Vaccinations Cut U.S. COVID Deaths by 58%: Study
WEDNESDAY, July 6, 2022 (HealthDay News) -- The U.S. COVID-19 vaccination program slashed the coronavirus' expected death rate by as much as 58%, saving hundreds of thousands of lives during the first two waves of the pandemic, a new study says.
Computer models estimate that vaccines prevented 235,000 COVID deaths in the United States between December 2020 and September 2021, blunting the death toll from both the original virus and its Delta variant.
Vaccination also prevented 1.6 million hospitalizations and 27 million COVID infections, according to the data generated by the U.S. Centers for Disease Control and Prevention. The findings appear July 6 in JAMA Network Open.
The results "reinforce the notion that COVID vaccination clearly does work," said Dr. William Schaffner, medical director of the National Foundation for Infectious Diseases in Bethesda, Md. "It works very successfully to prevent deaths. And if more people had accepted vaccination, we'd have prevented even more deaths."
In truth, vaccines probably saved even more lives than estimated here, said lead researcher Molly Steele, a CDC epidemiologist.
"These estimates only account for benefits among those who were vaccinated and do not account for benefits to unvaccinated persons through reductions in disease transmission," Steele said.
"Therefore, our estimates of vaccine impact are conservative," she said. "Regardless, these estimates help to illustrate the benefits of COVID-19 vaccines in reducing infections and hospitalizations, as well as saving lives."
Up to now, no one has established exactly how many COVID illnesses and deaths have been prevented by the three vaccines available in the United States, CDC researchers said in background notes.
To take a stab at it, researchers developed a model that takes into account the estimated risk of infection, hospitalizations and death for specific age groups among the unvaccinated. They then factored the protective effects of vaccination into their numbers.
They determined that vaccination prevented 30% of all expected COVID infections, 33% of all expected hospitalizations, and 34% of all expected deaths among adults between December 2020 and September 2021.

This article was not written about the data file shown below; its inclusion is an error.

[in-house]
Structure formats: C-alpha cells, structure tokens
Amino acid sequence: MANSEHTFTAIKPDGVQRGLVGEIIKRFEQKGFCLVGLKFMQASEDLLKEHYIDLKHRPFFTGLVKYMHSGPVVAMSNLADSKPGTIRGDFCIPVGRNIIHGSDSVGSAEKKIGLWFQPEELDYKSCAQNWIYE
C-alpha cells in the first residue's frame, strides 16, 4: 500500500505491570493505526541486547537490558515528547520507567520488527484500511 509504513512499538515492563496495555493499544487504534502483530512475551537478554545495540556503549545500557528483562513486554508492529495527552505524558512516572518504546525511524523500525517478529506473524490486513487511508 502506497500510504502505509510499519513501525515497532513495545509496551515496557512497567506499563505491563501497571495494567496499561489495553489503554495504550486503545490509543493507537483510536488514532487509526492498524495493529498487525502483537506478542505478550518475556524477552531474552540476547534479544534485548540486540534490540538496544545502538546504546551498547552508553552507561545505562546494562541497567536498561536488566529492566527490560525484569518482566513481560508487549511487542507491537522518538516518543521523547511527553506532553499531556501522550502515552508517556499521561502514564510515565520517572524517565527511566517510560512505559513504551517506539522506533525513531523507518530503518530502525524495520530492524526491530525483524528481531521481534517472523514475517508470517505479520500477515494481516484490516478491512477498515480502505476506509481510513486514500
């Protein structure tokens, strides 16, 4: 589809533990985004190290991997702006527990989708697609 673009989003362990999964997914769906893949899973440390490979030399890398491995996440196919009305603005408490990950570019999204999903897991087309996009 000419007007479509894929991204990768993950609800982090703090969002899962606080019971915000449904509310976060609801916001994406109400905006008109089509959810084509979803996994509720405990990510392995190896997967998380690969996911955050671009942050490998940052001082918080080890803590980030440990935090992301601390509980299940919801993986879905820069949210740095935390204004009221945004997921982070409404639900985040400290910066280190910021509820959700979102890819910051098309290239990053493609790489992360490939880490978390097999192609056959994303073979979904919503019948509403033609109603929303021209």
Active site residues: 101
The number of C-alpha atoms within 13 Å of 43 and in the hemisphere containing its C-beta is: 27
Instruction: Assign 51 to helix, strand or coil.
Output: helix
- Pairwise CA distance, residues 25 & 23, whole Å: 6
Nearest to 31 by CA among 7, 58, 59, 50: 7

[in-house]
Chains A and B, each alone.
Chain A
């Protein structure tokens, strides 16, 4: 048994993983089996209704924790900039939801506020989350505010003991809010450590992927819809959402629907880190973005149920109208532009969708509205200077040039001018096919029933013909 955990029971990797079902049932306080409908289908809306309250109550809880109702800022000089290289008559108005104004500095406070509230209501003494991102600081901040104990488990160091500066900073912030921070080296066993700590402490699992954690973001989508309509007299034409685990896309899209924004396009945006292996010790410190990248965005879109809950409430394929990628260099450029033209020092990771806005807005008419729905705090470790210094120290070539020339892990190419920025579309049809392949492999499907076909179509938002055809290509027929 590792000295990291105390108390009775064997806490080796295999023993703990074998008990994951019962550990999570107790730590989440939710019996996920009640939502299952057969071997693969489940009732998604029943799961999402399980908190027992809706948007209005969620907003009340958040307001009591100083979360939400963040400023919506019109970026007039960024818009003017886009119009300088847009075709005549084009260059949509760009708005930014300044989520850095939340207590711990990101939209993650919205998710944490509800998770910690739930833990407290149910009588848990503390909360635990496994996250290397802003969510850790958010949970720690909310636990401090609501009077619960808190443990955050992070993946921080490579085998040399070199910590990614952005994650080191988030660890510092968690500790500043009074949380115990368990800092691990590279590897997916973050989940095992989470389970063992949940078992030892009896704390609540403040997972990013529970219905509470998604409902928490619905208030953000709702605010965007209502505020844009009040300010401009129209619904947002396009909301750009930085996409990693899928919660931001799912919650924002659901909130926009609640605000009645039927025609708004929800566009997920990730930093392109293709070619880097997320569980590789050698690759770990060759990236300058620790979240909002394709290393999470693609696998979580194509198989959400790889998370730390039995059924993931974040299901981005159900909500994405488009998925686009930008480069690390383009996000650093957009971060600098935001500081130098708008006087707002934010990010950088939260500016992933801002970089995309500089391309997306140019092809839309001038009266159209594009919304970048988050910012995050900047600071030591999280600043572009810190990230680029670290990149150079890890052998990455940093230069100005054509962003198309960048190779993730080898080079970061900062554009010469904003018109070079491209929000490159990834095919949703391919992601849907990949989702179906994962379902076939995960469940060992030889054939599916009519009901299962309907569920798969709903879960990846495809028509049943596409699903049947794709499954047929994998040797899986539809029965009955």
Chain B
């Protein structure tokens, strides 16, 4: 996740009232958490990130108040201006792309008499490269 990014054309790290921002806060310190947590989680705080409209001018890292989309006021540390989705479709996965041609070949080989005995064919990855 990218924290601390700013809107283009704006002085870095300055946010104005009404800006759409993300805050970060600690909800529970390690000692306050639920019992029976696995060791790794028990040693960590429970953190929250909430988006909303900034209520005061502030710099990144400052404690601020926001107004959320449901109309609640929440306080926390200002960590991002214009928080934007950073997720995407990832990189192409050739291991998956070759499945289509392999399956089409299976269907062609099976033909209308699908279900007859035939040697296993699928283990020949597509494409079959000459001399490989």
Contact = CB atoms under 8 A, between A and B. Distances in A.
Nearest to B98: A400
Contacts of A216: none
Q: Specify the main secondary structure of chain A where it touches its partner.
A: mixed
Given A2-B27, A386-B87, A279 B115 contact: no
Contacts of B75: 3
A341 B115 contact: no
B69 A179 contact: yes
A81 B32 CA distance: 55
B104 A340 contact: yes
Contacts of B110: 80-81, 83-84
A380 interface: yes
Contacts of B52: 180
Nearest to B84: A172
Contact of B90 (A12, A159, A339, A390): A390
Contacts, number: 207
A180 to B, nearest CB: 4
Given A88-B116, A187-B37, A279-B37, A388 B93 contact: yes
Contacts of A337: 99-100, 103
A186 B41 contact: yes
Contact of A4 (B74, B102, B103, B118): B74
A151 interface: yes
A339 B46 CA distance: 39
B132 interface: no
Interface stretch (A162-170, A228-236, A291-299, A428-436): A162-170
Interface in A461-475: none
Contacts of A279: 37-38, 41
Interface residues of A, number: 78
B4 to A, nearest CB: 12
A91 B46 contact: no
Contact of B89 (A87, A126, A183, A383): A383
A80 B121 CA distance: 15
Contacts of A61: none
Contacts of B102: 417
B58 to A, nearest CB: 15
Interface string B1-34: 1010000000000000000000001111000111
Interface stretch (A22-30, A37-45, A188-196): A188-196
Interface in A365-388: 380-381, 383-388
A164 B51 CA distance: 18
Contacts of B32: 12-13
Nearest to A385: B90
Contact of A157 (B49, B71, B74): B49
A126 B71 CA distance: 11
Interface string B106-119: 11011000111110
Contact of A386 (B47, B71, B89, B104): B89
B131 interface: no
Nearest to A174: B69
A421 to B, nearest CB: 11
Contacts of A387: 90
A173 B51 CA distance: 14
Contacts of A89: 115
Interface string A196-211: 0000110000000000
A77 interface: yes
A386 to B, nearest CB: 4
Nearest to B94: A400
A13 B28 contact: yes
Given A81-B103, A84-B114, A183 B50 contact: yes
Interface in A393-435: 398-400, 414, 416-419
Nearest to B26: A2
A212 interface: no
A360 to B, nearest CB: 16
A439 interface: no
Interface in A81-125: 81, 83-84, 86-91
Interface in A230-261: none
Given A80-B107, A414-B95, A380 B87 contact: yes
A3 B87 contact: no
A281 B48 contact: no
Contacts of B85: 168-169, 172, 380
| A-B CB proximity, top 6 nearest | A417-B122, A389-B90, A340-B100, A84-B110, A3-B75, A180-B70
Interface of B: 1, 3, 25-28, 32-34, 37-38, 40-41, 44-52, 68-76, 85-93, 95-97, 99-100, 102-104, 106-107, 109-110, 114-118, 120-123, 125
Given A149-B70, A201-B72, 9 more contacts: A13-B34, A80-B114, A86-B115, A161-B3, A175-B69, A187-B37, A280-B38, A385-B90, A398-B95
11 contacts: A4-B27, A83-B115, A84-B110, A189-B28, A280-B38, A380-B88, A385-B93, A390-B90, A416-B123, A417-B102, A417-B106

That includes preventing 154,000 deaths among people 65 or older, 66,000 deaths among people 50 to 64, and 14,000 deaths among those 18 to 49, estimates showed.
"COVID-19 vaccination potentially reduced the overall impact of COVID-19 by about one-third," Steele said. "This means that disease and death would have increased by 30% without vaccination. Thus, if more people were vaccinated against COVID-19, we would expect to see further reductions in the numbers of infections, hospitalizations and deaths."
What's more, that protection grew month by month as the vaccination program rolled out and more people became inoculated against COVID, researchers say.
In the month of September 2021, vaccines prevented 58% of expected deaths and 56% of expected hospitalizations, as well as 52% of expected infections.
"The findings are not surprising. The COVID-19 vaccines are unequivocally the best way to prevent the severe consequences of infection, including death," said Dr. Amesh Adalja, a senior scholar with the Johns Hopkins Center for Health Security.
"The goal of the vaccination program, with first-generation vaccines, was to shift the spectrum of illness to the milder side, to decouple cases from deaths," Adalja said. "That’s clearly what the data has shown as exemplified by this modeling study."
Steele added that the study doesn't tell the whole story, because it's based on data collected through September 2021.
Therefore, the study “does not reflect more recent updates related to COVID-19 vaccination, including the authorization of booster doses for most age groups, and the expansion of COVID-19 vaccines to children ages 6 months and older," Steele said.
"As more people continue to get vaccinated and receive boosters, additional COVID-19 hospitalizations and deaths are prevented," Steele added.
Improved COVID vaccines being developed by Pfizer and Moderna are expected to improve that protection even more, Schaffner said.
"This fall, it's anticipated that we will have to hand COVID vaccine 2.0, as I like to say," Schaffner said. “It's going to be a bivalent vaccine. It will have the antigen we use now, but will have as an addition an antigen related to Omicron and its latest variants."
The lost opportunity comes in the fact that clinical trials had shown that the vaccines could prevent the risk of death from COVID by up to 94%, according to an editorial published with the study.
One in three Americans remains unvaccinated, the editorial noted, and new strategies are needed to reach those people.
"Without strategies that are evidence informed, we may find ourselves continuing to wonder why the same COVID-19 vaccines that can reduce risk of death by up to 94% only managed to prevent 58% of deaths," the editorialists wrote.
The U.S. Centers for Disease Control and Prevention has more about COVID vaccines.
SOURCES: William Schaffner, MD, medical director, Bethesda, Md.-based National Foundation for Infectious Diseases; Molly Steele, PhD, MPH, epidemiologist, U.S. Centers for Disease Control and Prevention; Amesh Adalja, MD, senior scholar, Johns Hopkins Center for Health Security; JAMA Network Open, July 6, 2022